Date   

Re: 9A Spring-loaded Spindle Oil Wicks

mike allen
 

        Jon , ya may want to chek in here , there's a ton of South Bend pros there & ever a couple of guy's that worked there

        https://www.practicalmachinist.com/vb/south-bend-lathes/

        animal

On 12/23/2019 5:18 PM, jonwoellhaf wrote:
I have a photo of the bottom of the hole, but am unable to get it to send to this group.
 
From: mike allen
Sent: December 23, 2019 17:35
To: SouthBendLathe@groups.io
Subject: Re: [SouthBendLathe] 9A Spring-loaded Spindle Oil Wicks
 

        wow , i guess I'll have to chek mine next time I pull the spindle

        animal

On 12/23/2019 3:39 PM, jonwoellhaf wrote:
Done. Nothing in the bottom of the hole.
 
From: mike allen
Sent: December 23, 2019 13:03
To: SouthBendLathe@groups.io
Subject: Re: [SouthBendLathe] 9A Spring-loaded Spindle Oil Wicks
 

        I would double check the right side to make sure there's nothing stuck in the bottom . ya may be able to run some compressed air in through the fill hole while plugging the pin hole just above the fill hole with yer

        finger

        animal

On 12/23/2019 11:33 AM, jonwoellhaf wrote:
Spindle wick hole depths on my 1948 9A with plain bearings: I measure left 0.950 and right 0.675, +/- 0.005. Both holes appear to have been cast.
 
From: jonwoellhaf
Sent: December 6, 2019 13:17
To: SouthBendLathe@groups.io
Subject: Re: [SouthBendLathe] 9A Spring-loaded Spindle Oil Wicks
 
Hi, Webb.
 
My 1948 9A is a horizontal drive.
 
I will measure the wick hole depths tomorrow.
 
Jan (Yan)
 
From: wlw19958
Sent: December 5, 2019 19:08
To: SouthBendLathe@groups.io
Subject: Re: [SouthBendLathe] 9A Spring-loaded Spindle Oil Wicks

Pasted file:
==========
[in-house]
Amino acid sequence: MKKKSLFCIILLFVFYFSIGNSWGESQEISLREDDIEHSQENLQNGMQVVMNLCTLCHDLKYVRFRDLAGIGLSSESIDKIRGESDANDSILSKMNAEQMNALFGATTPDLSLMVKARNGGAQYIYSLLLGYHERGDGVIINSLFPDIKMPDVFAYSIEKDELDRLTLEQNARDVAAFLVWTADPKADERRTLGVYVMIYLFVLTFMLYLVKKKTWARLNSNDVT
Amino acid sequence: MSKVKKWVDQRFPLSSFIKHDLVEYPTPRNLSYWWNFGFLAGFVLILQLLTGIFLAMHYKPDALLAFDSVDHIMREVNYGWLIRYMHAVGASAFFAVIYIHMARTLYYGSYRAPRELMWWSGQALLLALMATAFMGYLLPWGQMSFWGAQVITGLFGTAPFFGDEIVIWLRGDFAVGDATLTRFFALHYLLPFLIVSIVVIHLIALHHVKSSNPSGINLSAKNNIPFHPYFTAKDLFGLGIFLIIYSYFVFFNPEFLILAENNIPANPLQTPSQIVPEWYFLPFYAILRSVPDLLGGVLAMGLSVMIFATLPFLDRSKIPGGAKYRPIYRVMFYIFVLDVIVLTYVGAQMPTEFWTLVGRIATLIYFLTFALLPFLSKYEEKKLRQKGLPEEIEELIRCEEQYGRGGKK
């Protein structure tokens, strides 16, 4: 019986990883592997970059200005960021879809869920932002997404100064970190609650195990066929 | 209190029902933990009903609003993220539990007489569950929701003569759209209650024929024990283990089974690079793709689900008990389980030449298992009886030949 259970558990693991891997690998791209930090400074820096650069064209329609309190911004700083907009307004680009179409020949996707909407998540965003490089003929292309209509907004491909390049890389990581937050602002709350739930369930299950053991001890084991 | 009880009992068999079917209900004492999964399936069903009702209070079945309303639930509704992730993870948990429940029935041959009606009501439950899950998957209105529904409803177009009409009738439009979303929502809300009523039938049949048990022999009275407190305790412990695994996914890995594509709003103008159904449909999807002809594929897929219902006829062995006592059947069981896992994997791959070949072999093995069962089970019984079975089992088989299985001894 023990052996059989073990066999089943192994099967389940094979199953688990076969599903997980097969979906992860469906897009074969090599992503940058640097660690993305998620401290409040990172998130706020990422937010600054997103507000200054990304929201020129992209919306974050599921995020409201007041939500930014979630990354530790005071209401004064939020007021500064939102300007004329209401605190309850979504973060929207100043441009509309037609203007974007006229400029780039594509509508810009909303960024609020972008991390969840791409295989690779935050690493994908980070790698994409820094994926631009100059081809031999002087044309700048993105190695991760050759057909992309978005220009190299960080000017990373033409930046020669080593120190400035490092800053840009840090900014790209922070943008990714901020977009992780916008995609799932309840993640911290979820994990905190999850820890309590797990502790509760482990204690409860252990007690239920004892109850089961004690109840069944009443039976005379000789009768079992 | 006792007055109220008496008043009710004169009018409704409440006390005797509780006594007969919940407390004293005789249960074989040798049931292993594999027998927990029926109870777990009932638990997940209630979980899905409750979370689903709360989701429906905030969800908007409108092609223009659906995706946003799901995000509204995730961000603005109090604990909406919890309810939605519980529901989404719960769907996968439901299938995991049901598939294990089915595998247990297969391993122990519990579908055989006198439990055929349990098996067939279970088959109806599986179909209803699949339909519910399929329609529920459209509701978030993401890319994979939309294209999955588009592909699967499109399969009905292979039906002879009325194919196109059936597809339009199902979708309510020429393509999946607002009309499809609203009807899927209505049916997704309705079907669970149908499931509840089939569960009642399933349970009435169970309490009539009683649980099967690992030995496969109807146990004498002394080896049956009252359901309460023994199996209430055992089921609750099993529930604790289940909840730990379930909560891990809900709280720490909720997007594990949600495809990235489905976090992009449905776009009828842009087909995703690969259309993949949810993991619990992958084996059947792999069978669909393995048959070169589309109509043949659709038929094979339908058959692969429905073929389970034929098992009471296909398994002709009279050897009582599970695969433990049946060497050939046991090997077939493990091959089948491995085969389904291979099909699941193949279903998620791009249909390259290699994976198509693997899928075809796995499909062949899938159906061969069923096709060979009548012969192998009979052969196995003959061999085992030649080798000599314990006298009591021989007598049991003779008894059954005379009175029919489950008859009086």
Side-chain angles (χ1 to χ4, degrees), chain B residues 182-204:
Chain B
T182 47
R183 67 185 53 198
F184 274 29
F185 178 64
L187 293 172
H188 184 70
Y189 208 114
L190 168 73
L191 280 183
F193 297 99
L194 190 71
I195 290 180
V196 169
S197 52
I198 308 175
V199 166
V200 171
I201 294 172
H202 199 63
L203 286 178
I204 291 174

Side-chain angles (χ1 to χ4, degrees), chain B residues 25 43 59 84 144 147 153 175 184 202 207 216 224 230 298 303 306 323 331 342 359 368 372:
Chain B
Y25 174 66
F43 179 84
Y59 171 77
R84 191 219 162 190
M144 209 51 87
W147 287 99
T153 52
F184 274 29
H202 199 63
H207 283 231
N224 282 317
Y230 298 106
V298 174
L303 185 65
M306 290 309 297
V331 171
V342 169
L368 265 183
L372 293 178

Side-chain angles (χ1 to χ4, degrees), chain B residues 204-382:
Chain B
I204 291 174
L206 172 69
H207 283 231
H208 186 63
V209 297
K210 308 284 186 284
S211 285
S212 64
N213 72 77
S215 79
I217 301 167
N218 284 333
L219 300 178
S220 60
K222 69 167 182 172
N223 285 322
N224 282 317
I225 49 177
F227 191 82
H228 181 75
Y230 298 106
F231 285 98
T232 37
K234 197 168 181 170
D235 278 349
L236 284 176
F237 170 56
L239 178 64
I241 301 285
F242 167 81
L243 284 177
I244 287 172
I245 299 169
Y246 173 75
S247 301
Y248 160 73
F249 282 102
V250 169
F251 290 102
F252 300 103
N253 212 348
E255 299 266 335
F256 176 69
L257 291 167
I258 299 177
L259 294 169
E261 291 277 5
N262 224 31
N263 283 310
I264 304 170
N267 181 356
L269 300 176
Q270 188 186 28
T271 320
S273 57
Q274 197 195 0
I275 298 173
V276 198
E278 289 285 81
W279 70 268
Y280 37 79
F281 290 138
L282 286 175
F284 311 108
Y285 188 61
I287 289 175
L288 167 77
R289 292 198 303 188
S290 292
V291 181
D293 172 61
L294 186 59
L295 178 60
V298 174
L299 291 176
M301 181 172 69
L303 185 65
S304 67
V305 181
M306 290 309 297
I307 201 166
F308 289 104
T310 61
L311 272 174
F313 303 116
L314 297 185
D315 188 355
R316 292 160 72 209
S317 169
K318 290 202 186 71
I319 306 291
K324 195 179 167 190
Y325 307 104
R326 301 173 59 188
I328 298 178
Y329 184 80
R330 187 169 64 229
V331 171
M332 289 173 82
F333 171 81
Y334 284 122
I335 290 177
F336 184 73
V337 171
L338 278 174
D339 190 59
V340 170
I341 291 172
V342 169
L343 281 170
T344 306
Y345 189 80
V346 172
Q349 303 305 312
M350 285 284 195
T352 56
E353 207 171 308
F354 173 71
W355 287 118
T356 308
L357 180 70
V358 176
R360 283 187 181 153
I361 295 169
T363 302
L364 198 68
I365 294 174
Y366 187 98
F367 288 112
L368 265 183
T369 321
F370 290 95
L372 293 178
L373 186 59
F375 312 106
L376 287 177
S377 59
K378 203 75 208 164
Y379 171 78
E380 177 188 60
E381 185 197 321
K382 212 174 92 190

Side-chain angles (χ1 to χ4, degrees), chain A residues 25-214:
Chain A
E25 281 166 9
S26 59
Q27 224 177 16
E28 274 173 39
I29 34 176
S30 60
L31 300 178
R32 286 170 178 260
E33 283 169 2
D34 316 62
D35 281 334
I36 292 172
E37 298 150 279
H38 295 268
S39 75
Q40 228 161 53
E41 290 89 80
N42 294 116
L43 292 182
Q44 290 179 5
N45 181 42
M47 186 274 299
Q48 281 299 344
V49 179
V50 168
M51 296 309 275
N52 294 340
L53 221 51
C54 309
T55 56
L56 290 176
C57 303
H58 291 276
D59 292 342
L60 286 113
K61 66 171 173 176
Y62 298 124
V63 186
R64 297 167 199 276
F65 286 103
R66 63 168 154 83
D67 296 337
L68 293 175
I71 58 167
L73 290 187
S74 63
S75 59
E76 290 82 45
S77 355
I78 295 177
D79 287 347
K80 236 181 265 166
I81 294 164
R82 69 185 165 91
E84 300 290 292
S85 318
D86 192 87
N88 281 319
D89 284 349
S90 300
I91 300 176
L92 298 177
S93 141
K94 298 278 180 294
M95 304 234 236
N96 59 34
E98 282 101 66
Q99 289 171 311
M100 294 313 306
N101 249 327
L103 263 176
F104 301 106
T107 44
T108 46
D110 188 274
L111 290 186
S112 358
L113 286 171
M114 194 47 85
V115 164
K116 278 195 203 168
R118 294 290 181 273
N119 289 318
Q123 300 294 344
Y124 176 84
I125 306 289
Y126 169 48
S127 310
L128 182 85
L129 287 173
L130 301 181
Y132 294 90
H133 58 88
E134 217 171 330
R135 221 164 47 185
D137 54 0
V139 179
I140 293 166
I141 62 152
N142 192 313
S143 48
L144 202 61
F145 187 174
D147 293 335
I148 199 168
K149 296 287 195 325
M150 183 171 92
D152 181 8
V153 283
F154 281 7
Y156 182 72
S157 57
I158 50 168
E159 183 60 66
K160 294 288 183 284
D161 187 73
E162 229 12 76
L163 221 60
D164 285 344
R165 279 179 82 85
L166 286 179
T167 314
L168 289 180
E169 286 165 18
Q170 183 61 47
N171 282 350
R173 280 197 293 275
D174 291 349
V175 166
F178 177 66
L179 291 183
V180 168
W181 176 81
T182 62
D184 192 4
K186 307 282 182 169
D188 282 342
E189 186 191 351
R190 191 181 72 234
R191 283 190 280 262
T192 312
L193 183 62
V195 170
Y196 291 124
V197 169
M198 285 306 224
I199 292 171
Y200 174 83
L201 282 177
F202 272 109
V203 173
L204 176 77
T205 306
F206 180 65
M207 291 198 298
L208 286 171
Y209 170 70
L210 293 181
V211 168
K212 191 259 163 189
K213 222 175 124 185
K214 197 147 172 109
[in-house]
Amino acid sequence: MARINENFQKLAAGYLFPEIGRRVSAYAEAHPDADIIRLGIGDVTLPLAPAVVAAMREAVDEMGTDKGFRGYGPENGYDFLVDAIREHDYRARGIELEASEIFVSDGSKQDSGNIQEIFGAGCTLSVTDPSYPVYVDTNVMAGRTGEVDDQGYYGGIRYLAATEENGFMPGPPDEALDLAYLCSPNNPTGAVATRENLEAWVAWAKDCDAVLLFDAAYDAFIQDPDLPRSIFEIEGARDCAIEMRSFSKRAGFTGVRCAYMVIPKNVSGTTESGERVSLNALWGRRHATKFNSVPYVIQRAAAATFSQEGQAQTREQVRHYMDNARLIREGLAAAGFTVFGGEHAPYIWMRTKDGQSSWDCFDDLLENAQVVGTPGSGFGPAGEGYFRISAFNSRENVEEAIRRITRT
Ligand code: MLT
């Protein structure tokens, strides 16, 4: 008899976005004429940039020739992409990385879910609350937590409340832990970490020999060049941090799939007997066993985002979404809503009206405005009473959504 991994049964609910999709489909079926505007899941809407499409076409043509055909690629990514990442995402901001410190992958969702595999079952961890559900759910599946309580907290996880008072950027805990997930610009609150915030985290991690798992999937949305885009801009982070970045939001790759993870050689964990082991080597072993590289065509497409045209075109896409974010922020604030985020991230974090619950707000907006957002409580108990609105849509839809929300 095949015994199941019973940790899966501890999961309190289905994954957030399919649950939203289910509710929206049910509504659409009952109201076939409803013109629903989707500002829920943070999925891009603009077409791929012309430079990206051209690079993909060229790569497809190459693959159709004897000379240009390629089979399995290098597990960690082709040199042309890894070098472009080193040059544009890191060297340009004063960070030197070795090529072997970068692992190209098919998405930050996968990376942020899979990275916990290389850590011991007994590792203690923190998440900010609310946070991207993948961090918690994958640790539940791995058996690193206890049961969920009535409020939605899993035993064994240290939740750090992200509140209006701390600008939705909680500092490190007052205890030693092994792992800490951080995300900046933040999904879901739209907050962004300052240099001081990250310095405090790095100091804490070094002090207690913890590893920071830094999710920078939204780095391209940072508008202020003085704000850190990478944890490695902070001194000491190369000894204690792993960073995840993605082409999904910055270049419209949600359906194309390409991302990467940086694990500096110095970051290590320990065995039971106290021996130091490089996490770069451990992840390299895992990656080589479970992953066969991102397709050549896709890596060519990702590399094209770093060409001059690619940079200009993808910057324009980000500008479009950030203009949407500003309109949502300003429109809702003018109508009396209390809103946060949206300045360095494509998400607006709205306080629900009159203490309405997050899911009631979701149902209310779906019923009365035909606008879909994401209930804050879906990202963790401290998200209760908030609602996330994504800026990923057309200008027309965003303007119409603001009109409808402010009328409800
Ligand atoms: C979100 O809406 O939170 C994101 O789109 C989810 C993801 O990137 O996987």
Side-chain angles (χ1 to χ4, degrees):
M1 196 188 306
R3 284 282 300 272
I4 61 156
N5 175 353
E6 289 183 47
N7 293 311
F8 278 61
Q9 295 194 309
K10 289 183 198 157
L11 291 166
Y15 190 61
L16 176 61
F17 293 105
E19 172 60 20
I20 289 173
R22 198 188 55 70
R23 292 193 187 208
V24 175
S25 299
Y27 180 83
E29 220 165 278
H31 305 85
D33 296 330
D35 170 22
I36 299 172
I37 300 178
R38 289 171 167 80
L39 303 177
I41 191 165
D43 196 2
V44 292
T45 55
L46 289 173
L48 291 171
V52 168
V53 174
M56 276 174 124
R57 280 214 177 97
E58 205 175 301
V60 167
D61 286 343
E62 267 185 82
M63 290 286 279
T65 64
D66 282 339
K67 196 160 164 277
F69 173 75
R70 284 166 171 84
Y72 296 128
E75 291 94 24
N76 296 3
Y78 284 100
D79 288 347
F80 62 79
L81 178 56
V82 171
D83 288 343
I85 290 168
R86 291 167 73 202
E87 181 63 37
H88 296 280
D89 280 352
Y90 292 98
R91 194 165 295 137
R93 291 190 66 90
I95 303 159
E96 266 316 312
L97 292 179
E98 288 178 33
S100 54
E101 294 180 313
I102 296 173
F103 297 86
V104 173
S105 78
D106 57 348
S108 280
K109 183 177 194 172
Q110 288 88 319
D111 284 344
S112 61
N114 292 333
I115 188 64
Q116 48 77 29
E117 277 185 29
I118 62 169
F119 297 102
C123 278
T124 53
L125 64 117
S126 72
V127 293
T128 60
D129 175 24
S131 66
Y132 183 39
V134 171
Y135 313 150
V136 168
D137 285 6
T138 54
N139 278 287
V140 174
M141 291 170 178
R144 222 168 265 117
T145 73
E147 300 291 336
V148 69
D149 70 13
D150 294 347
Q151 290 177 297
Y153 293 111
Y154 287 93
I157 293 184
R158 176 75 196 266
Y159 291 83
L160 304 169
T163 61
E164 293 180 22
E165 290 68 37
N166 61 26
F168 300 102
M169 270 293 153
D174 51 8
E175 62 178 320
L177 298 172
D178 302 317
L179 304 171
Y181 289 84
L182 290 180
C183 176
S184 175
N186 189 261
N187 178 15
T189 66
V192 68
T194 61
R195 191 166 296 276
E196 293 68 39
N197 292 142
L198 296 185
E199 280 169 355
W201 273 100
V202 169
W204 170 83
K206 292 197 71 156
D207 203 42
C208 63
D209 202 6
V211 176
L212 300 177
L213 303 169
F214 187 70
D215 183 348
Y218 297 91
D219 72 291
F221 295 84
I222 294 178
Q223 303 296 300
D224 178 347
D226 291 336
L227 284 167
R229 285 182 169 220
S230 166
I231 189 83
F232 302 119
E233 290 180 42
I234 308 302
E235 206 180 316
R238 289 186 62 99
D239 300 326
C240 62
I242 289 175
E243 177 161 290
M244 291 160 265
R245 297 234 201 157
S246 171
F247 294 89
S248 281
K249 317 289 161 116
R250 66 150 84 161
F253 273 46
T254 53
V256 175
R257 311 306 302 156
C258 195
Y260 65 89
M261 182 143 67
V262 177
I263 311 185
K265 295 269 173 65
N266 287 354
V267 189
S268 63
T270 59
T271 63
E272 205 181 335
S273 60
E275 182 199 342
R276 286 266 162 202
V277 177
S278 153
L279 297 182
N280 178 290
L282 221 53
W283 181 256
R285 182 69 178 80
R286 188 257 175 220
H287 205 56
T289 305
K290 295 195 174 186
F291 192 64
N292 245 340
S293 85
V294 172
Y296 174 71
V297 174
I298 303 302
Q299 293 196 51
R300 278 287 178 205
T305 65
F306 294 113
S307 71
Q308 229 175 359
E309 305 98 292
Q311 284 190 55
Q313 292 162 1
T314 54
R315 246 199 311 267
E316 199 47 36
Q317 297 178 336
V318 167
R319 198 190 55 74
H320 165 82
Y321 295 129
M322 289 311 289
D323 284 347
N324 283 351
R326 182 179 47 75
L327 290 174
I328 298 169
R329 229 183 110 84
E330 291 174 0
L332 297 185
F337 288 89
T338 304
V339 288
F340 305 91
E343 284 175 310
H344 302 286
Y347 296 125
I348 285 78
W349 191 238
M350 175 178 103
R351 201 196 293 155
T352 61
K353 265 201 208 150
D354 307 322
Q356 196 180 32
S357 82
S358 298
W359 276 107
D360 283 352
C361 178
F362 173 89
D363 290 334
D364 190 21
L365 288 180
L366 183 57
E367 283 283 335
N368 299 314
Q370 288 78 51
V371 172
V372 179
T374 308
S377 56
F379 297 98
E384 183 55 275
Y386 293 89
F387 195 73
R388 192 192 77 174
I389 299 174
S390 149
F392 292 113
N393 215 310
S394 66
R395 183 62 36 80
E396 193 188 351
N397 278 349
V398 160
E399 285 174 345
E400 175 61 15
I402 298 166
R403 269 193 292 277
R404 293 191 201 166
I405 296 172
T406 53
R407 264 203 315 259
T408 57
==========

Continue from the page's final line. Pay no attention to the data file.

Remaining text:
Hi There,

Is your 9A a bench top model (back drive) or a cabinet model (underdrive)?
Either way, there shouldn't be a difference between the front and rear wicks.
I have been inside at least a dozen different ones and this is the first time I
have ever heard of this situation. 

A wick that has been "clipped off" at spring level is usually from someone
installing the spindle without compressing the wick and using the skewers
to hold them down.  I'm with carbure2003; It sounds like something is in the
well interfering with the springs ability to be compressed (maybe a piece of
old wick spring).

Use a piece of wire or something and measure the depth of the wells (front
and back) and see how much they differ.  If they are really different, you can
cut some of the coils out of the bottom of the spring so that it will compress
enough to allow the spindle to be installed.  As long as the springs raises the
wick high enough to make good contact with the bearing journal, you should
be fine. 

I once had a late model 10K (Korean made) cabinet (underdrive) model and
the rear bearing was always loosing its oil.  I found that when they drilled the
well, they went a smidgen too far and just nicked the hole for the reversing
tumbler pivot.  I cleaned it up with solvent and compressed air and using a
heat gun, I dripped a drop of JB Weld epoxy into the well to seal the hole.

Good Luck!
-Blue Chips-
Webb


Re: 9A Spring-loaded Spindle Oil Wicks

jonwoellhaf
 

I have a photo of the bottom of the hole, but am unable to get it to send to this group.
 

From: mike allen
Sent: December 23, 2019 17:35
To: SouthBendLathe@groups.io
Subject: Re: [SouthBendLathe] 9A Spring-loaded Spindle Oil Wicks
 

        wow , i guess I'll have to chek mine next time I pull the spindle

        animal

On 12/23/2019 3:39 PM, jonwoellhaf wrote:
Done. Nothing in the bottom of the hole.
 
From: mike allen
Sent: December 23, 2019 13:03
To: SouthBendLathe@groups.io
Subject: Re: [SouthBendLathe] 9A Spring-loaded Spindle Oil Wicks
 

        I would double check the right side to make sure there's nothing stuck in the bottom . ya may be able to run some compressed air in through the fill hole while plugging the pin hole just above the fill hole with yer

        finger

        animal

On 12/23/2019 11:33 AM, jonwoellhaf wrote:
Spindle wick hole depths on my 1948 9A with plain bearings: I measure left 0.950 and right 0.675, +/- 0.005. Both holes appear to have been cast.
 
From: jonwoellhaf
Sent: December 6, 2019 13:17
To: SouthBendLathe@groups.io